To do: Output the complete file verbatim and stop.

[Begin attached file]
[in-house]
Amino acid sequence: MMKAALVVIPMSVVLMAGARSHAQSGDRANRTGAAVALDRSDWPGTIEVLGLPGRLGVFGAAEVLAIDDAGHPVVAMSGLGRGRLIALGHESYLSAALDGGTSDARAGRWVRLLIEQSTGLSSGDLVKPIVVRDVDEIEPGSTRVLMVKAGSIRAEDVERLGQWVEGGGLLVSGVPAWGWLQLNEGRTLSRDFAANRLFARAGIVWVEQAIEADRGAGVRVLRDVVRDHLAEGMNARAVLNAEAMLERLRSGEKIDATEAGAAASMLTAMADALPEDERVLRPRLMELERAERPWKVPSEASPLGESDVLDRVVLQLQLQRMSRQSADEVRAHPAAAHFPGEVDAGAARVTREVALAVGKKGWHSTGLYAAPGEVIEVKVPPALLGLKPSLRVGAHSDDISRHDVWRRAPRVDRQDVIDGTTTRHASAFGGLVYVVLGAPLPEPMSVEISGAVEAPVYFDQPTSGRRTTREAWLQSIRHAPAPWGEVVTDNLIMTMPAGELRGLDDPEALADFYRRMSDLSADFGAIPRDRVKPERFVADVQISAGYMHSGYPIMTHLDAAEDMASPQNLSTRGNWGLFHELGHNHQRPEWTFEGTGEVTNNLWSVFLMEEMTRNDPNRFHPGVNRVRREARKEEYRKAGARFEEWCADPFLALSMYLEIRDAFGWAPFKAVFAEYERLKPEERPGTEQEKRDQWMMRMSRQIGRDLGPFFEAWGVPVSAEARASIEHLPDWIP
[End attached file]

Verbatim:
[in-house]
Amino acid sequence: MMKAALVVIPMSVVLMAGARSHAQSGDRANRTGAAVALDRSDWPGTIEVLGLPGRLGVFGAAEVLAIDDAGHPVVAMSGLGRGRLIALGHESYLSAALDGGTSDARAGRWVRLLIEQSTGLSSGDLVKPIVVRDVDEIEPGSTRVLMVKAGSIRAEDVERLGQWVEGGGLLVSGVPAWGWLQLNEGRTLSRDFAANRLFARAGIVWVEQAIEADRGAGVRVLRDVVRDHLAEGMNARAVLNAEAMLERLRSGEKIDATEAGAAASMLTAMADALPEDERVLRPRLMELERAERPWKVPSEASPLGESDVLDRVVLQLQLQRMSRQSADEVRAHPAAAHFPGEVDAGAARVTREVALAVGKKGWHSTGLYAAPGEVIEVKVPPALLGLKPSLRVGAHSDDISRHDVWRRAPRVDRQDVIDGTTTRHASAFGGLVYVVLGAPLPEPMSVEISGAVEAPVYFDQPTSGRRTTREAWLQSIRHAPAPWGEVVTDNLIMTMPAGELRGLDDPEALADFYRRMSDLSADFGAIPRDRVKPERFVADVQISAGYMHSGYPIMTHLDAAEDMASPQNLSTRGNWGLFHELGHNHQRPEWTFEGTGEVTNNLWSVFLMEEMTRNDPNRFHPGVNRVRREARKEEYRKAGARFEEWCADPFLALSMYLEIRDAFGWAPFKAVFAEYERLKPEERPGTEQEKRDQWMMRMSRQIGRDLGPFFEAWGVPVSAEARASIEHLPDWIP